I’m pretty sure I’ve said this about other books before but with each new one I read my list of favourites gets longer.  Tattoos on the Heart is my favourite.  I want to tweet quotes on every second page.  I have highlighted and dog eared more pages than is good for anyone.  I’m 20 pages from finished and I already want to read it again.  There is beautiful insight mixed into the memories of living life alongside gang members on the streets of LA.  There is compassion beyond compare.  Thus, there is conviction beyond compare.  Gregory Boyle may lead a radical life but the intricate moments he shares make my heart swoon.  I’ll leave you with just one longish one because it’s the last one I highlighted, not because it’s the best.  Who can pick a best in a book like this?

Twenty years of this work has taught me that God has greater comfort with inverting categories than I do.  What is success and what is failure?  What is good and what is bad?  Setback or progress?  Great stock these days, especially in nonprofits, is placed in evidence-based outcomes.  People funders in particular, want to know if what you do, “works.”  Are you, in the end, successful?  Naturally, I find myself heartened by Mother Teresa’s take: “We are not called to be successful, but faithful.”  This distinction is helpful for me as I barricade myself against the daily dread of setback.  You need protection from the ebb and flow of three steps forward, five steps backward.  You trip over disappointment and recalcitrance every day, and it all becomes a muddle.  God intends it to be, I think.  For once you choose to hang out with folks who carry more burdens than they can bear, all bets seem off.  Salivating for success keeps you from being faithful, keeps you from truly seeing whoever’s sitting in front of you.  Embracing a strategy and an approach you can believe in is sometimes the best you can do on any given day.  If you surrender your need for results and outcomes, success becomes God’s business.  I find it hard enough to just be faithful.

Amen, brother.  Amen.

I was at a women’s thingie at our church a bit ago (I know!!!)  and a beautiful woman with children a bit older than mine recommended a book to our table.  She said, by way of encouragement, that we just need to take our children’s struggles and very lives to God in prayer.  How else can we do this parenting schtick?  None of us is smart enough, capable enough, with it enough, long-tempered enough to ensure that our kids will turn out just the way we want.  However, we do have a great God who is in control of all things and who listens to the prayers of His children.  I was convicted at my lack of prayer for my children.  I mean, yes, I pray with them and for them daily but the depth to which Stormie Omartian’s book The Power of a Praying Parent has taken my prayers is a game changer.  She prays things for her children I never in a thousand years would think to.  She offers scripture to pray over our children that would have never come to my mind.  Her insight is powerful and fantastic and has changed the entire way that I pray both with and for my kids.  I’m so thankful for this book even though I’m only halfway through.  It might be my new baby shower gift.  Is that lame and old, churchy lady like of me?  Probably.  And I don’t care.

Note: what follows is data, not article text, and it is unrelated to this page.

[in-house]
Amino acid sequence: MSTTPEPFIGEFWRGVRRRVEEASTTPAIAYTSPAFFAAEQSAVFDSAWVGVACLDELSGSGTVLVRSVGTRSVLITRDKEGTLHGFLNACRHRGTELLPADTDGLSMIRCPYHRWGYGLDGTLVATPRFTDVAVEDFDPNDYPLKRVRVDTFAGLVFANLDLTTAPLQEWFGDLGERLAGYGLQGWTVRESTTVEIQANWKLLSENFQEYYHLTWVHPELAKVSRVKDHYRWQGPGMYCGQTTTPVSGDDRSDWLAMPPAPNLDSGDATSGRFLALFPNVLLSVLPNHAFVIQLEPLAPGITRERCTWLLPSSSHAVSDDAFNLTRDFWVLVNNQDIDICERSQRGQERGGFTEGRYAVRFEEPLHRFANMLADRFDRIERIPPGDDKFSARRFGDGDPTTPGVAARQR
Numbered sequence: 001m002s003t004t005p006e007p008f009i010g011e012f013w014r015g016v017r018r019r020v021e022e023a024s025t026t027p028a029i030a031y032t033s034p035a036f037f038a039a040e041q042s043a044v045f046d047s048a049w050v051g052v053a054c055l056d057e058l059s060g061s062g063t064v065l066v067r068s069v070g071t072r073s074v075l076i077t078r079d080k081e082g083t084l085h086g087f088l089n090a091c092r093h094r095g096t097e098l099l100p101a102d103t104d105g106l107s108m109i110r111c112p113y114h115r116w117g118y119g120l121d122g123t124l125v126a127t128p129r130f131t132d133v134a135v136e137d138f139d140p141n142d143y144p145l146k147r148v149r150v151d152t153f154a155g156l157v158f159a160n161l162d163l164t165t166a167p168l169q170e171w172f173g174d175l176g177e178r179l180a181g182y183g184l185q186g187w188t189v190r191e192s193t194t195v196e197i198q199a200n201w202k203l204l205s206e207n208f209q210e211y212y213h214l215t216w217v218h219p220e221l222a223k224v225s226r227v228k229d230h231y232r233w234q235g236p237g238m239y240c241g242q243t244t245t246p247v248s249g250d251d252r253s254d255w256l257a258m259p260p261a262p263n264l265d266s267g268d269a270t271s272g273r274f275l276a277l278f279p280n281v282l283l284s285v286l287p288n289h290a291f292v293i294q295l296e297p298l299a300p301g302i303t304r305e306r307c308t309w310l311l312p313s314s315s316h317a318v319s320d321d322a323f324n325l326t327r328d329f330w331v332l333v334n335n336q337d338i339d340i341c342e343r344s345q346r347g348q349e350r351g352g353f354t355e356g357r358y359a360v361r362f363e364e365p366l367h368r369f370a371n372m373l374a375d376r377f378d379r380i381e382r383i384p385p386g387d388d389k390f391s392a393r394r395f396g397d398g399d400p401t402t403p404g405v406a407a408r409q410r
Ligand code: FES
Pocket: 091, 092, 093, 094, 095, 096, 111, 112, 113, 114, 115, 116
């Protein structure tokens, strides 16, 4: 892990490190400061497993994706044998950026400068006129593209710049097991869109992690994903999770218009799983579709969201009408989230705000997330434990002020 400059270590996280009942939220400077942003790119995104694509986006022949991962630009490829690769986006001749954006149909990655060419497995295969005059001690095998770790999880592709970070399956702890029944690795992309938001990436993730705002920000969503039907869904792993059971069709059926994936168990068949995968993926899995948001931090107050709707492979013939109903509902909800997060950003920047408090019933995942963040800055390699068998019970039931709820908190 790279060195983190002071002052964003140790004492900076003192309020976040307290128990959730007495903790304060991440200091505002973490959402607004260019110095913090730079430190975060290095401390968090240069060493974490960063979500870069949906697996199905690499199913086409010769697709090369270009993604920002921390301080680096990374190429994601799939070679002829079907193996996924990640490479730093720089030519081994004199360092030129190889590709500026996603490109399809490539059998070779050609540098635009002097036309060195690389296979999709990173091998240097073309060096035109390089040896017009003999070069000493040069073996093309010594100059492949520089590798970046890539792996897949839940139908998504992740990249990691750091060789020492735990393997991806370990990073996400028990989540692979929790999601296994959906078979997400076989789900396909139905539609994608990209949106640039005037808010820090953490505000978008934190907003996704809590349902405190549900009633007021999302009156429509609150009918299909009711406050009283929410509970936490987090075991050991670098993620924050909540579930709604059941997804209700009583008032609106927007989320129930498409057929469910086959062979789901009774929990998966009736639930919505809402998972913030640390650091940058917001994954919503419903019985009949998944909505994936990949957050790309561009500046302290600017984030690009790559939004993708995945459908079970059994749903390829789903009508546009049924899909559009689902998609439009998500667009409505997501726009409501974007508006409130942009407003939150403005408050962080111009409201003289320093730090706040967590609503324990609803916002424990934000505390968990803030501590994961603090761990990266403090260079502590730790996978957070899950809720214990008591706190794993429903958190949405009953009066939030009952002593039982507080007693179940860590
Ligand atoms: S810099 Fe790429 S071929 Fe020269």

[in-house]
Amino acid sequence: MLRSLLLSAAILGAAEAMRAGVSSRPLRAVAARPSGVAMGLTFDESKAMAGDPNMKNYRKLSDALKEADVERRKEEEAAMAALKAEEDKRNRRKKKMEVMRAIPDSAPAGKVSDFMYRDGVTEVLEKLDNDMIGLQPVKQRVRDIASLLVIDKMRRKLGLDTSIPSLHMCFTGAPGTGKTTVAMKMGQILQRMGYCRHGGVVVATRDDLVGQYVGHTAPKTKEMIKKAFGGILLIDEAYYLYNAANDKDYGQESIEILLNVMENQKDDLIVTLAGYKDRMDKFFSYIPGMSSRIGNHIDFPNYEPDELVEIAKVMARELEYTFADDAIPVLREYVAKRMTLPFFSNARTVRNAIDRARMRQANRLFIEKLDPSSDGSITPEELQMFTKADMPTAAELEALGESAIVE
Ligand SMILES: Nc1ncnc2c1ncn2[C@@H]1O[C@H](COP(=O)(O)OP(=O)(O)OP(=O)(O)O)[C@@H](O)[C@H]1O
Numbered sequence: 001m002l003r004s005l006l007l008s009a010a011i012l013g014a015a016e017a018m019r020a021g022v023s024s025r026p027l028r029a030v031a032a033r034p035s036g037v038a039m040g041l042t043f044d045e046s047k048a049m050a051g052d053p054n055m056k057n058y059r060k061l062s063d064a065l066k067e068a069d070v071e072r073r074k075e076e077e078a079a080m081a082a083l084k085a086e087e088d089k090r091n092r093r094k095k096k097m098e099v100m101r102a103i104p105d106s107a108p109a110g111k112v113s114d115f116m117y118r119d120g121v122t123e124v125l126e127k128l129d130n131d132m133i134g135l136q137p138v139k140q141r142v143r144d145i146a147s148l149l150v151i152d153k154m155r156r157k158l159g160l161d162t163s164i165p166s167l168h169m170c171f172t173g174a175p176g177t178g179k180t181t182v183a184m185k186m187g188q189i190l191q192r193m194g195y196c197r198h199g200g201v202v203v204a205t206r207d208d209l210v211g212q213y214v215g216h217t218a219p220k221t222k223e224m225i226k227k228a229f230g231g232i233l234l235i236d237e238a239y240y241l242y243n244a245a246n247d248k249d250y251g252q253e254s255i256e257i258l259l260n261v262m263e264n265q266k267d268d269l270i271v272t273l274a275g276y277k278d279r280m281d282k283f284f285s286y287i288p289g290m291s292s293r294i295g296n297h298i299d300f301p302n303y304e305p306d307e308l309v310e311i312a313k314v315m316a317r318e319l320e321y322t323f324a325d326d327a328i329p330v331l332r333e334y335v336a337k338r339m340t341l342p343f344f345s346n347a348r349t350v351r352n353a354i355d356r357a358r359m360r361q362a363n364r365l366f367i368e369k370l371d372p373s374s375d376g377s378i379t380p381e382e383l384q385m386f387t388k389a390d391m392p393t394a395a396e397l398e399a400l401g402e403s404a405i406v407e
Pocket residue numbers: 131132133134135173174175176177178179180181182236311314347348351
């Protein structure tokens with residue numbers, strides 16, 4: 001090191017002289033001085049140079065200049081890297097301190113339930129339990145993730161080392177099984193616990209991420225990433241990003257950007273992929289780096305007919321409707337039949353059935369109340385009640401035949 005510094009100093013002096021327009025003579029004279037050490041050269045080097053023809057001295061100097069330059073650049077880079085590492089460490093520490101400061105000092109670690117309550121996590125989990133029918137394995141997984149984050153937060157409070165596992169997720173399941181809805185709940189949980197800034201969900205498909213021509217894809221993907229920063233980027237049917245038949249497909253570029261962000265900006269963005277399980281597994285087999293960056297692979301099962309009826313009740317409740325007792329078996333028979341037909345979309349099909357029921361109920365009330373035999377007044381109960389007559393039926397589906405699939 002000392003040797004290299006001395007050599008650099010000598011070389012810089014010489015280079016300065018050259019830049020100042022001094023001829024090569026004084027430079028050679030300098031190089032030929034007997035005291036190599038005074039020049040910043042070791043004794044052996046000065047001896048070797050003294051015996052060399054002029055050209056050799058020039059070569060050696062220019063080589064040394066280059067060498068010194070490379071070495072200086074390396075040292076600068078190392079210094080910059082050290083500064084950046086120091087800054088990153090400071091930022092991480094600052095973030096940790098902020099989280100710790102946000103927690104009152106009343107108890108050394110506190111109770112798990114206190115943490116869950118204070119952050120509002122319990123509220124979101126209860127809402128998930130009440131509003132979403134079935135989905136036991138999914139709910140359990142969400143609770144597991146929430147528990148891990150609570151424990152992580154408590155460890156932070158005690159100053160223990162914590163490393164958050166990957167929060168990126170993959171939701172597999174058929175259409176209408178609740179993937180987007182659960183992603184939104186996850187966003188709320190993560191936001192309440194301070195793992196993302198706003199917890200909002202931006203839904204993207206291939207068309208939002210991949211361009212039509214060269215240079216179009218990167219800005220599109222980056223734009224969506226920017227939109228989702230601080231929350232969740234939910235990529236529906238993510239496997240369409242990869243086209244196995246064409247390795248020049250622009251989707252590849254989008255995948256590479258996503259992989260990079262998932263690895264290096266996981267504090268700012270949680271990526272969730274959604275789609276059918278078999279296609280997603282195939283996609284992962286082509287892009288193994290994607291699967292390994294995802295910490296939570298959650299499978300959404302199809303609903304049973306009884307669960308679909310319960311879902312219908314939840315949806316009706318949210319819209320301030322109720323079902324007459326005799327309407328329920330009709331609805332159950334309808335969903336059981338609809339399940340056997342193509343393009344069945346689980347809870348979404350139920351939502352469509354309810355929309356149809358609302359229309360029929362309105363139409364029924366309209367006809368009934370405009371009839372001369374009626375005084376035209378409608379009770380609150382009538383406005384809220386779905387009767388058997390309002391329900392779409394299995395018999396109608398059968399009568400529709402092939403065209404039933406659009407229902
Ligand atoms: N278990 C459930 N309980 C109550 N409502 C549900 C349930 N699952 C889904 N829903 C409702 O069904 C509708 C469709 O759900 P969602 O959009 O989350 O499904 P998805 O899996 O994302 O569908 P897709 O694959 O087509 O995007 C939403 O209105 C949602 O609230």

With the munchkins over the summer we read The Magician’s Elephant which fast became their new favourite book.  (The apple doesn’t fall far…)  We loved Kate DiCamillo’s Tale of Desperaux (Read the book, people!  Don’t just see the movie!) and so when we saw this new book by her we instantly snatched it up.  The reviews on the front of, “stories to snuggle up with on evenings or at christmas time…” made me love it before I even opened it.  But the fantastical story made us all fall in love with Peter Duchene and all the other quirky characters that are nearly always called by their full names, like how we refer to our friends from elementary school.  Just me?


And finally, after we finished that one the boys and I moved onto A Long Way Gone:  Memoirs of a Boy Soldier by Ishmael Beah.  I chose this one specifically, not that it’s the most comforting nighttime read aloud story, but because my boys are at an age where shooting things seems fun.  They want video games that blow stuff up and in the woods they like to hide and pretend they’re at war.  As a girl, I struggle to understand their need for violence though the more scripture I read and the more battle ready language I breathe in there, the more I’m grasping their intrinsic need to wage war.  Perhaps not in the shoot ‘em up way, but in the dying to self sort of way.  Moving on from that tangent….I wanted them to see that guns and fighting and war is not glamourous.  It’s not something that only happens in movies, but that its something that is real and happening in our world right now.  To children.  It’s destroying lives of people they would be friends with should they live next door.  And so, enter this book about a 12 year old boy whose life was rocked by war in Sierra Leone.  It’s graphic and harsh but at my boys age they can take it and are being gripped by this boys life who is the same age as them.

What are you reading?  Have you grabbed anything off the shelf lately that’s rocked your world?

Oh, speaking of rocking your world, I’m going to leave you with this salad dressing recipe.  ‘Cause it will rock your world.  It rocked ours for our Thanksgiving dinner.  You’ll be so happy you tried it.  You’re welcome!!

Recipe found here.  I used goat cheese instead of bleu but that’s the only change I made.  Taste buds watering yet?